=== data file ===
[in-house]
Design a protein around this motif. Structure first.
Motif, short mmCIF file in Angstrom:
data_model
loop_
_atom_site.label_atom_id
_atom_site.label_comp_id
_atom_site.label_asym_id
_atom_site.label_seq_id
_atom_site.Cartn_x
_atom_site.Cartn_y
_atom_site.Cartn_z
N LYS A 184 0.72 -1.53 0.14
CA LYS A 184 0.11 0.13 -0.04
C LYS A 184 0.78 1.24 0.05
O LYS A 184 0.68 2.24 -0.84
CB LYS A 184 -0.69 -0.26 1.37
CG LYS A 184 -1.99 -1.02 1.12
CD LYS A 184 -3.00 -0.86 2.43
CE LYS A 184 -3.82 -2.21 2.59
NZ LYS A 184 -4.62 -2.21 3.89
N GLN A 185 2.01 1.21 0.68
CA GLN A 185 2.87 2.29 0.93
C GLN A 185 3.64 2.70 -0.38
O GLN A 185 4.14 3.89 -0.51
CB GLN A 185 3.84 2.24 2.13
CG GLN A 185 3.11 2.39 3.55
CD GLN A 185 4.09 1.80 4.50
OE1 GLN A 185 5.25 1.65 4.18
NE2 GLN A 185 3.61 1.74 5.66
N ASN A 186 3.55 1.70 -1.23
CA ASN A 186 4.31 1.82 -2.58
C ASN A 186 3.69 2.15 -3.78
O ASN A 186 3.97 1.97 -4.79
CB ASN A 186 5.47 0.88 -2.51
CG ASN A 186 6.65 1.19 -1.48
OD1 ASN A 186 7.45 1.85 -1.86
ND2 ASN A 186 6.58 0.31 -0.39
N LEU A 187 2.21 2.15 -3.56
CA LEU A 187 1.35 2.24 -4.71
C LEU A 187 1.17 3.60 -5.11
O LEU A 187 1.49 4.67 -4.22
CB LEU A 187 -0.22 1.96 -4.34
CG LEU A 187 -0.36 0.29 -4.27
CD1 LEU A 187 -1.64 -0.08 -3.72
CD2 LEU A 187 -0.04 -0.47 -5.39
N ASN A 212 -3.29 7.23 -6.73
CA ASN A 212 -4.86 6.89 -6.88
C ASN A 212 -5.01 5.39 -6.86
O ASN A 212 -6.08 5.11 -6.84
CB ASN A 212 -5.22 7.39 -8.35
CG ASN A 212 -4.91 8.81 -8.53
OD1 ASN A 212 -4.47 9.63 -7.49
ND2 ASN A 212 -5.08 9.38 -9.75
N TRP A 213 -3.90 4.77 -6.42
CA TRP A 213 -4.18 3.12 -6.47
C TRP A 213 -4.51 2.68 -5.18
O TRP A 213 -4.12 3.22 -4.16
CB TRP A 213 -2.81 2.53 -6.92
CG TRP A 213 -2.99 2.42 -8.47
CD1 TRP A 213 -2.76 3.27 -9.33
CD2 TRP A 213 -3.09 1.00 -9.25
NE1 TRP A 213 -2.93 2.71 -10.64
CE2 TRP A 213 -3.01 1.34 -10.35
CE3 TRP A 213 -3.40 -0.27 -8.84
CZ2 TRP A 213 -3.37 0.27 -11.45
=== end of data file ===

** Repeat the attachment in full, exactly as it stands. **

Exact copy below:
[in-house]
Design a protein around this motif. Structure first.
Motif, short mmCIF file in Angstrom:
data_model
loop_
_atom_site.label_atom_id
_atom_site.label_comp_id
_atom_site.label_asym_id
_atom_site.label_seq_id
_atom_site.Cartn_x
_atom_site.Cartn_y
_atom_site.Cartn_z
N LYS A 184 0.72 -1.53 0.14
CA LYS A 184 0.11 0.13 -0.04
C LYS A 184 0.78 1.24 0.05
O LYS A 184 0.68 2.24 -0.84
CB LYS A 184 -0.69 -0.26 1.37
CG LYS A 184 -1.99 -1.02 1.12
CD LYS A 184 -3.00 -0.86 2.43
CE LYS A 184 -3.82 -2.21 2.59
NZ LYS A 184 -4.62 -2.21 3.89
N GLN A 185 2.01 1.21 0.68
CA GLN A 185 2.87 2.29 0.93
C GLN A 185 3.64 2.70 -0.38
O GLN A 185 4.14 3.89 -0.51
CB GLN A 185 3.84 2.24 2.13
CG GLN A 185 3.11 2.39 3.55
CD GLN A 185 4.09 1.80 4.50
OE1 GLN A 185 5.25 1.65 4.18
NE2 GLN A 185 3.61 1.74 5.66
N ASN A 186 3.55 1.70 -1.23
CA ASN A 186 4.31 1.82 -2.58
C ASN A 186 3.69 2.15 -3.78
O ASN A 186 3.97 1.97 -4.79
CB ASN A 186 5.47 0.88 -2.51
CG ASN A 186 6.65 1.19 -1.48
OD1 ASN A 186 7.45 1.85 -1.86
ND2 ASN A 186 6.58 0.31 -0.39
N LEU A 187 2.21 2.15 -3.56
CA LEU A 187 1.35 2.24 -4.71
C LEU A 187 1.17 3.60 -5.11
O LEU A 187 1.49 4.67 -4.22
CB LEU A 187 -0.22 1.96 -4.34
CG LEU A 187 -0.36 0.29 -4.27
CD1 LEU A 187 -1.64 -0.08 -3.72
CD2 LEU A 187 -0.04 -0.47 -5.39
N ASN A 212 -3.29 7.23 -6.73
CA ASN A 212 -4.86 6.89 -6.88
C ASN A 212 -5.01 5.39 -6.86
O ASN A 212 -6.08 5.11 -6.84
CB ASN A 212 -5.22 7.39 -8.35
CG ASN A 212 -4.91 8.81 -8.53
OD1 ASN A 212 -4.47 9.63 -7.49
ND2 ASN A 212 -5.08 9.38 -9.75
N TRP A 213 -3.90 4.77 -6.42
CA TRP A 213 -4.18 3.12 -6.47
C TRP A 213 -4.51 2.68 -5.18
O TRP A 213 -4.12 3.22 -4.16
CB TRP A 213 -2.81 2.53 -6.92
CG TRP A 213 -2.99 2.42 -8.47
CD1 TRP A 213 -2.76 3.27 -9.33
CD2 TRP A 213 -3.09 1.00 -9.25
NE1 TRP A 213 -2.93 2.71 -10.64
CE2 TRP A 213 -3.01 1.34 -10.35
CE3 TRP A 213 -3.40 -0.27 -8.84
CZ2 TRP A 213 -3.37 0.27 -11.45